Saturday, January 14, 2006

About the Great Horned Owl


One of my favorite accounts of the Great Horned Owl appears in a book [unfortunately now out of print] called Owls--Their Life and Behavior. It was written by Julio de la Torre, an ornithologist and naturalist whom I came to know when he was president of the New York City Linnaean Society more than a decade ago.

He paints a vivid picture of this nocturnal bird of prey now in the 27th day of its Central Park stay:

",,,great horned owls are probably the most successful predators in North America. They will not hesitate to take on a bobcat, fight a fox, or even tussle with a coyote. Even if the owl loses, the large mammal will know it has been in a real fight.

"What we have here, undeniably, is a case of survival of the fittest-- and great horned owls are fit indeed. In the last half century they have shown a startling ability to adapt to drastic change wrought by our invasion of their primeval haunts. Landfills and dumps on the outskirts of cities are ideal for the proliferation of rats and scavengers like gulls and crows; the great horned owl feasts on all three. Artificial impoundments -- be they reservoirs, industrial park or shopping mall ponds, or lakes in suburban parks and estates -- are magnets for waterfowl, wading birds and gulls (not to mention muskrats), all of which are gourmet fare for this bird. Suburban development, indeed, creates a supermarket full of opossums, raccoons, skunks, squirrels, chipmunks, shrews, mice, and rats --- all of which the horned owl will readily toss into his shopping cart."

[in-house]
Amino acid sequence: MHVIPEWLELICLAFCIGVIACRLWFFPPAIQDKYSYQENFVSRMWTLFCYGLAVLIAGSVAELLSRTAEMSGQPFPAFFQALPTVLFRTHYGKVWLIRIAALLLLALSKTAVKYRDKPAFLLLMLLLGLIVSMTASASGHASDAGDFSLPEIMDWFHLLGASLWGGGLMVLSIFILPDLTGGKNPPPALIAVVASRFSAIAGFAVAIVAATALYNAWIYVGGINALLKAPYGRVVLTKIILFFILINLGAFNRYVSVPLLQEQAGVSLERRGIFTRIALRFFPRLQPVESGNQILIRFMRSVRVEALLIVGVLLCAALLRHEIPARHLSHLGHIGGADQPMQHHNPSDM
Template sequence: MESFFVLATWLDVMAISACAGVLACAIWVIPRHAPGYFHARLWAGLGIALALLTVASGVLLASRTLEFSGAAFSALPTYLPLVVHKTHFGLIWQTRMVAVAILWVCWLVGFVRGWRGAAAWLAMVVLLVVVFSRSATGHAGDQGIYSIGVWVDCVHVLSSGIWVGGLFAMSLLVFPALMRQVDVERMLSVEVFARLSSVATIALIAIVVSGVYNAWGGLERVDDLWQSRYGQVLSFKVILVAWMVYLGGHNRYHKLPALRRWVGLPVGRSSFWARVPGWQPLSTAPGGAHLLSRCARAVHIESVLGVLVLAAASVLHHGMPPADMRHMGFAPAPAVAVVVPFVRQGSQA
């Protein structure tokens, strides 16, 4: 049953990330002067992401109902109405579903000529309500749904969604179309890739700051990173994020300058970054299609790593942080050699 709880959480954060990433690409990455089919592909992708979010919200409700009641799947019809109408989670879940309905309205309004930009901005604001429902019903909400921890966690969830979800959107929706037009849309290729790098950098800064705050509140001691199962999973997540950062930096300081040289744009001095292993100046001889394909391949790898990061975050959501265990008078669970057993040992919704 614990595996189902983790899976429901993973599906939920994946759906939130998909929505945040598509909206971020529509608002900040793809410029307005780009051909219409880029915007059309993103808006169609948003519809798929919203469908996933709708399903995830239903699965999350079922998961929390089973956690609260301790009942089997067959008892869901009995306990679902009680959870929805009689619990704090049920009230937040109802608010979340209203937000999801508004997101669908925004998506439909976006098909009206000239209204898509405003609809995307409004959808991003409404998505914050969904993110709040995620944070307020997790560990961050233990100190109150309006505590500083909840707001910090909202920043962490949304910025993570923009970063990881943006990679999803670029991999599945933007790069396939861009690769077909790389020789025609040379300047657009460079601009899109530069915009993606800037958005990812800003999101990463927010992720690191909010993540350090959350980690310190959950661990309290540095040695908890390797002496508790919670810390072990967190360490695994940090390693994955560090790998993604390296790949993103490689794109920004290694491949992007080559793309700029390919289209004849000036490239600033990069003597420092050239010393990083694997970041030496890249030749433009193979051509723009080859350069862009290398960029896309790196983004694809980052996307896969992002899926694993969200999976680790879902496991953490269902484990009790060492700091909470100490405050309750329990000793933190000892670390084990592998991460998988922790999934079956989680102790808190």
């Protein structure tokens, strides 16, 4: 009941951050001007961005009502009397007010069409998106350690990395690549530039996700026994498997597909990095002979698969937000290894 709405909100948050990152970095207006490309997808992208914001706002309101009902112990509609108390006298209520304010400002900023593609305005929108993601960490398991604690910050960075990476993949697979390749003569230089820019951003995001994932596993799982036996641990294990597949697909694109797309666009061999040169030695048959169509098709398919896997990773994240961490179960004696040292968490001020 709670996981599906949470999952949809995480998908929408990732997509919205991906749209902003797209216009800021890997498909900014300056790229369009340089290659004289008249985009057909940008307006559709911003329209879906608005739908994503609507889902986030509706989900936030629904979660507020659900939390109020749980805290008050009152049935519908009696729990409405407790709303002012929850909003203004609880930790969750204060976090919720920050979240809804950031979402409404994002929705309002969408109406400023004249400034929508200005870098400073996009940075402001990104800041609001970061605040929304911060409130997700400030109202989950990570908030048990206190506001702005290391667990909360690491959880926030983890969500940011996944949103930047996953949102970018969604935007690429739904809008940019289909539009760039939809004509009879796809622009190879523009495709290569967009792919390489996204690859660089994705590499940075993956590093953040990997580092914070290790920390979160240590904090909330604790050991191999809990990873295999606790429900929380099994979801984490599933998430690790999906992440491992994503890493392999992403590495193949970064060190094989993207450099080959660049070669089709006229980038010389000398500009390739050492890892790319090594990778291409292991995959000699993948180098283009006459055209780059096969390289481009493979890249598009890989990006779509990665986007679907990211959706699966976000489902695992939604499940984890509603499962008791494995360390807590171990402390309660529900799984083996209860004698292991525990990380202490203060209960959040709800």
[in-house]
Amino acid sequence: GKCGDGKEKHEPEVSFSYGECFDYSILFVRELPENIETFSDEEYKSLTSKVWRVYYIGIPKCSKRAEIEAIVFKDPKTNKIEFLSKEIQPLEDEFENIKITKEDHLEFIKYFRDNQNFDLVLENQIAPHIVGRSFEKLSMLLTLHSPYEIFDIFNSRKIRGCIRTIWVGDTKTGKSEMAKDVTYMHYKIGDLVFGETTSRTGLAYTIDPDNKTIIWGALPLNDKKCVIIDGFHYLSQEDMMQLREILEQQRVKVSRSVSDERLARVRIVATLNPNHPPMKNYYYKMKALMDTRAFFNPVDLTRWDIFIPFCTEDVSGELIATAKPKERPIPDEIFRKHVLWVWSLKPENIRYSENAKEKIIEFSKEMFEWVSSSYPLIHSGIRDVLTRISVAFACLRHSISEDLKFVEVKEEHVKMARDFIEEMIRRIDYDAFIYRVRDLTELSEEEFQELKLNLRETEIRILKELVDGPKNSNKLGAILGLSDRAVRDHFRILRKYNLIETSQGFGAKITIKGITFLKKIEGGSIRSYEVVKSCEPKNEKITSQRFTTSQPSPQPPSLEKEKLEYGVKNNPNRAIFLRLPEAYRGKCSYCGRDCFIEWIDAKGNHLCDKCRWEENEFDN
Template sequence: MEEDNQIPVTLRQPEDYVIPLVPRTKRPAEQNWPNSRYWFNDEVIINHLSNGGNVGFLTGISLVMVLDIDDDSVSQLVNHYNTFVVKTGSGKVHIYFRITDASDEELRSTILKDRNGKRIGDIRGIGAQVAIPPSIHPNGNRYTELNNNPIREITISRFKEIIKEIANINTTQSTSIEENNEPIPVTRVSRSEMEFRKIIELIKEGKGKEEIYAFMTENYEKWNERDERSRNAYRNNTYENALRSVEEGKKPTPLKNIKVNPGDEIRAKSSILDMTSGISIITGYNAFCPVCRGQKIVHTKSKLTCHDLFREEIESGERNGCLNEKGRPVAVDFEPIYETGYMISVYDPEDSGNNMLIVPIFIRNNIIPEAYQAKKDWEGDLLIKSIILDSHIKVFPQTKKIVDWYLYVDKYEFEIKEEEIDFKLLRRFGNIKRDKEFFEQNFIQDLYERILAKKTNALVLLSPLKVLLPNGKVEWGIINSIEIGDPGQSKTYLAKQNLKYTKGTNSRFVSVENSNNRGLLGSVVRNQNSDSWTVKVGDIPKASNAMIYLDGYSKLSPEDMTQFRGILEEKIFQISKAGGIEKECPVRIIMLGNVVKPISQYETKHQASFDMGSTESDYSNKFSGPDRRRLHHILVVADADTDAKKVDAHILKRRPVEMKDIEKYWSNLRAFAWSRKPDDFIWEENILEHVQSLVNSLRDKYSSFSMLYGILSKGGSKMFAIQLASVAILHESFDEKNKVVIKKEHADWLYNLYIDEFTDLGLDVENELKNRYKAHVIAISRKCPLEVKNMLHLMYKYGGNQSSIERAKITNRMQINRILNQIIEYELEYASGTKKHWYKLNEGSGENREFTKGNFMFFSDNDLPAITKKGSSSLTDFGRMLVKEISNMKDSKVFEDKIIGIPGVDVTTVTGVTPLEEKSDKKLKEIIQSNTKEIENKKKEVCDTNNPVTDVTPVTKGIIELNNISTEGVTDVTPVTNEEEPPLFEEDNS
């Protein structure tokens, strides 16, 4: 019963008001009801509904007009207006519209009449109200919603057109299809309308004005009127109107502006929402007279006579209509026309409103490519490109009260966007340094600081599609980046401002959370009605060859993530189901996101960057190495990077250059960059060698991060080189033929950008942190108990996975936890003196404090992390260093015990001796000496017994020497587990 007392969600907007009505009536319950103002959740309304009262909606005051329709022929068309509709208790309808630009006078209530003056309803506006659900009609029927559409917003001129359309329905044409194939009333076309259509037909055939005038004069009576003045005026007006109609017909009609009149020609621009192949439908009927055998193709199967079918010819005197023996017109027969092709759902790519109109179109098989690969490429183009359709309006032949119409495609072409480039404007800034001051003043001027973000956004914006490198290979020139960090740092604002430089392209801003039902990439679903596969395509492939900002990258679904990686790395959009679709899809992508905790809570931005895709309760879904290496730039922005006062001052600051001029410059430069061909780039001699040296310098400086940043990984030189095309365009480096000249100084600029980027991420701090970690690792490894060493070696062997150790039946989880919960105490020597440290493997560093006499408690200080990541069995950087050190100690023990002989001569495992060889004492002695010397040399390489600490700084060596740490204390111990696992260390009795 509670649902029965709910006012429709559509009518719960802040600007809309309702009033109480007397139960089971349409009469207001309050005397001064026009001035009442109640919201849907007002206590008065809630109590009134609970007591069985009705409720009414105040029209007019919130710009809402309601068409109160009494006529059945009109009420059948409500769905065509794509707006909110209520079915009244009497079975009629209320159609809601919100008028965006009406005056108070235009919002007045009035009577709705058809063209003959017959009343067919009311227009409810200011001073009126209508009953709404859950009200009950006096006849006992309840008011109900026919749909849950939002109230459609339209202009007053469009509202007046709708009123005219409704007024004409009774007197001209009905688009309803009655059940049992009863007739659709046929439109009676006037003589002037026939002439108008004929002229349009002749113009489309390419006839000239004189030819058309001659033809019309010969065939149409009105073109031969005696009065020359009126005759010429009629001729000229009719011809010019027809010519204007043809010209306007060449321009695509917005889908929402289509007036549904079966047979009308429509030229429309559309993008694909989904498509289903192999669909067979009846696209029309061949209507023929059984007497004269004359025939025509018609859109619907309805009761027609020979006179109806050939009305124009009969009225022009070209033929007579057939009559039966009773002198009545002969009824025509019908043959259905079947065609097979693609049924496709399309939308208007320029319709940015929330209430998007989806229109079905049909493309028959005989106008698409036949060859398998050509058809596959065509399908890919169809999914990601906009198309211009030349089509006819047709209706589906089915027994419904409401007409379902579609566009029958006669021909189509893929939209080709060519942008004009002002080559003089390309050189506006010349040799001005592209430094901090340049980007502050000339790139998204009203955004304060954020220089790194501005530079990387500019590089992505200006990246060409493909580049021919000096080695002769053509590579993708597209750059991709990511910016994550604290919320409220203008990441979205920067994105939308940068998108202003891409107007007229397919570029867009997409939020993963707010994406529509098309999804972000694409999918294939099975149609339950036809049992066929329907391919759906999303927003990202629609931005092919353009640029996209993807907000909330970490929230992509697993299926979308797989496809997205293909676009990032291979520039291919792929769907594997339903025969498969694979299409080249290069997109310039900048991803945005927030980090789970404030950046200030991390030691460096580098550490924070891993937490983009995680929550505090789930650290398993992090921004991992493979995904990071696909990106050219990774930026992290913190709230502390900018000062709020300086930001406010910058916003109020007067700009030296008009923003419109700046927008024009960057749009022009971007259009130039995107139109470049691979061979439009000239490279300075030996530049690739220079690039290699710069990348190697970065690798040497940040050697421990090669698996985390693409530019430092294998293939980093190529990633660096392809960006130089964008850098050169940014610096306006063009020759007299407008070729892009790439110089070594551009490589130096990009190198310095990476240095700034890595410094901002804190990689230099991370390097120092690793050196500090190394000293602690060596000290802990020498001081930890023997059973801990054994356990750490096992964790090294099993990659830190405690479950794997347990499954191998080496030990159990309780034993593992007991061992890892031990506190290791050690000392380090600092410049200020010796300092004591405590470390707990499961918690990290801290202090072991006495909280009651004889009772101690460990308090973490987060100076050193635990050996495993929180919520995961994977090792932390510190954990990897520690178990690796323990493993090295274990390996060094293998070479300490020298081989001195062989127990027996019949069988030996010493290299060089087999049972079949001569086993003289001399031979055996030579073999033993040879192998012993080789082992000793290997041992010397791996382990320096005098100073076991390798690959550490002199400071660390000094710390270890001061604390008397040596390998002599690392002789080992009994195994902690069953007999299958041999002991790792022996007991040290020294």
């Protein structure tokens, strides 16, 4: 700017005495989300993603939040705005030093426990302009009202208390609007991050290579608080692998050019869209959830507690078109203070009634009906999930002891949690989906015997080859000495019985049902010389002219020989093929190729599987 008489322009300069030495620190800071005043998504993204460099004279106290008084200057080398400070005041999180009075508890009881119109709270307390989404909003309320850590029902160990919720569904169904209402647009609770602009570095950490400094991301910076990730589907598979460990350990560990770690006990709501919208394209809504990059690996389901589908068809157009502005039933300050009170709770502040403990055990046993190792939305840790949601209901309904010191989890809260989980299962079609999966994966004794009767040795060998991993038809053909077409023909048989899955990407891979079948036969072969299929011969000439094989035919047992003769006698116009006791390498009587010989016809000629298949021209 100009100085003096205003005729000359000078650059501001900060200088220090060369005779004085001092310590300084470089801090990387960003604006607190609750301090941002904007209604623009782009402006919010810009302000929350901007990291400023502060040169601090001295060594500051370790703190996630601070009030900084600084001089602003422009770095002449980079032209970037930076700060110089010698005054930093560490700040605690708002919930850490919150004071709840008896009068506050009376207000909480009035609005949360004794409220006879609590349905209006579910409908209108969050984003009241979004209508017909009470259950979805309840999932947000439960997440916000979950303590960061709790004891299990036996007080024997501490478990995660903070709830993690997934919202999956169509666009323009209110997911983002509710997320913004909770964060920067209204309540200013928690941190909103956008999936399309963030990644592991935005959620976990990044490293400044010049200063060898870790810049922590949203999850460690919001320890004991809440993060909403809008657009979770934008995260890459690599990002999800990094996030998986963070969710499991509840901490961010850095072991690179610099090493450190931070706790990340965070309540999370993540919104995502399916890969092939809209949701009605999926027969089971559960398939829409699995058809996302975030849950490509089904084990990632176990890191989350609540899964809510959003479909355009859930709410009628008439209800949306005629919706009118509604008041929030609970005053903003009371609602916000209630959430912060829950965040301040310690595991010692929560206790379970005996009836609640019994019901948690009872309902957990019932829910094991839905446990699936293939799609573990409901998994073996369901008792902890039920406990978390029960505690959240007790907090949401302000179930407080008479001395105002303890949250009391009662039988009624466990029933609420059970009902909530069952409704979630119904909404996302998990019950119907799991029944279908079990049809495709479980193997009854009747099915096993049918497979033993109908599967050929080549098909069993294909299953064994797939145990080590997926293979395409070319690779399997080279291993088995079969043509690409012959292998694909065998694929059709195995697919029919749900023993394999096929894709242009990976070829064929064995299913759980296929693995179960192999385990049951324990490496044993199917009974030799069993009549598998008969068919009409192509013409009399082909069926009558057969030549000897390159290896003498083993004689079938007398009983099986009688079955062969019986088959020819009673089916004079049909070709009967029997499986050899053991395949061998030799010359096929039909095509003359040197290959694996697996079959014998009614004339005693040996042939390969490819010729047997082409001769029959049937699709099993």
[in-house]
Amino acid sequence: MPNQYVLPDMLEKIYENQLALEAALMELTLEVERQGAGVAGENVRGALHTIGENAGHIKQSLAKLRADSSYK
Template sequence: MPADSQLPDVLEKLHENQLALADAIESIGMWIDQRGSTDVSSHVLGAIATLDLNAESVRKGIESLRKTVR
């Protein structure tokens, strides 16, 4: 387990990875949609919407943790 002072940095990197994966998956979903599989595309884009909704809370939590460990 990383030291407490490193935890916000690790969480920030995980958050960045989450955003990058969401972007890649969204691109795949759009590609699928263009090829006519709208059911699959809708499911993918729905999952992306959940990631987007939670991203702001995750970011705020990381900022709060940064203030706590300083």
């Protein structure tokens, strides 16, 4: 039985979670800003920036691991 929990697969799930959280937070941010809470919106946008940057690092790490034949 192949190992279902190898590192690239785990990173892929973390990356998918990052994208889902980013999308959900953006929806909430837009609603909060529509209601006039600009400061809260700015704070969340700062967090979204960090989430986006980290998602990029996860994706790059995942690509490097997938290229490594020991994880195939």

De la Torre notes that " With the exception of the golden eagle all birds of prey are in awe of the great horned owl's ferocity, formidable talons, and murderous beak."

Pretty exciting to have a bird de la Torre calls "the tiger of the air" now a regular resident of Central Park.

PS. Yesterday, Friday the 13th, the owl put on a particularly dramatic show for its growing coterie of admirers. At about 5:10 p.m. a photographer stationed just under the branch where the large bird was preparing for his nightly take-off, dropped a piece of equipment on a rocky outcrop at his feet. The owl was startled by the loud sound and whooshed off without any of his usual preliminary head bobbings and wing stretchings.

Four seasoned owl-followers noted the direction of his flight and had no trouble finding the owl. It was perched at the top of a very tall tree near the eastern shore of the Lake. It sat there for about 15 minutes, then headed north, towards the upper part of the Lake. But before the owlers had reached the bridge that crosses the outlet of the Gill into the Lake, the owl appeared again, flying right back to the place it had started -- not to the exact tree, but one quite near to it, at the very edge of the Lake.

By now the moon, almost full, had come up in the east, and the owl was bathed in light. Hard to reconcile the poetic image of the owl in moonlight with the vicious killer described in just about every account of the species.